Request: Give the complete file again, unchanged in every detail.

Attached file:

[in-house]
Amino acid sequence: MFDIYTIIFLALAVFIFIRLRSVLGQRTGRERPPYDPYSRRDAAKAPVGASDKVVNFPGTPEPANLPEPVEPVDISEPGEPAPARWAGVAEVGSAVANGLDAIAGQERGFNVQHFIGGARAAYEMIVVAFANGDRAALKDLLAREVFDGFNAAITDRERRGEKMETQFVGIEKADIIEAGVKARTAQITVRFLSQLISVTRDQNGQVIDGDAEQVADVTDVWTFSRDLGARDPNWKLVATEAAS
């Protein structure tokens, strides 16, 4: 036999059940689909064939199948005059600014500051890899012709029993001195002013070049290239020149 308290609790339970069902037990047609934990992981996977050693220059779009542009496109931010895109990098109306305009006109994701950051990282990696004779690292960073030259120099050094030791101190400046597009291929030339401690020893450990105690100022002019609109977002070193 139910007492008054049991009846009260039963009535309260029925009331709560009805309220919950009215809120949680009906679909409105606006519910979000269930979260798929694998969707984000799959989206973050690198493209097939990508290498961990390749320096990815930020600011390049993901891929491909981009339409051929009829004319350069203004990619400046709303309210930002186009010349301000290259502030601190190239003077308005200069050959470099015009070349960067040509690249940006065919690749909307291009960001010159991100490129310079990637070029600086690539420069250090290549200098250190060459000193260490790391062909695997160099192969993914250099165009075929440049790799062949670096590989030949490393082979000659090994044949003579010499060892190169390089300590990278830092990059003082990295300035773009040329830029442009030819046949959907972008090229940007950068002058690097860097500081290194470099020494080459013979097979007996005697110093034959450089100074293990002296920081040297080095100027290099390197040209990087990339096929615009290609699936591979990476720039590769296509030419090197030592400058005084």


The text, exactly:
[in-house]
Amino acid sequence: MFDIYTIIFLALAVFIFIRLRSVLGQRTGRERPPYDPYSRRDAAKAPVGASDKVVNFPGTPEPANLPEPVEPVDISEPGEPAPARWAGVAEVGSAVANGLDAIAGQERGFNVQHFIGGARAAYEMIVVAFANGDRAALKDLLAREVFDGFNAAITDRERRGEKMETQFVGIEKADIIEAGVKARTAQITVRFLSQLISVTRDQNGQVIDGDAEQVADVTDVWTFSRDLGARDPNWKLVATEAAS
């Protein structure tokens, strides 16, 4: 036999059940689909064939199948005059600014500051890899012709029993001195002013070049290239020149 308290609790339970069902037990047609934990992981996977050693220059779009542009496109931010895109990098109306305009006109994701950051990282990696004779690292960073030259120099050094030791101190400046597009291929030339401690020893450990105690100022002019609109977002070193 139910007492008054049991009846009260039963009535309260029925009331709560009805309220919950009215809120949680009906679909409105606006519910979000269930979260798929694998969707984000799959989206973050690198493209097939990508290498961990390749320096990815930020600011390049993901891929491909981009339409051929009829004319350069203004990619400046709303309210930002186009010349301000290259502030601190190239003077308005200069050959470099015009070349960067040509690249940006065919690749909307291009960001010159991100490129310079990637070029600086690539420069250090290549200098250190060459000193260490790391062909695997160099192969993914250099165009075929440049790799062949670096590989030949490393082979000659090994044949003579010499060892190169390089300590990278830092990059003082990295300035773009040329830029442009030819046949959907972008090229940007950068002058690097860097500081290194470099020494080459013979097979007996005697110093034959450089100074293990002296920081040297080095100027290099390197040209990087990339096929615009290609699936591979990476720039590769296509030419090197030592400058005084």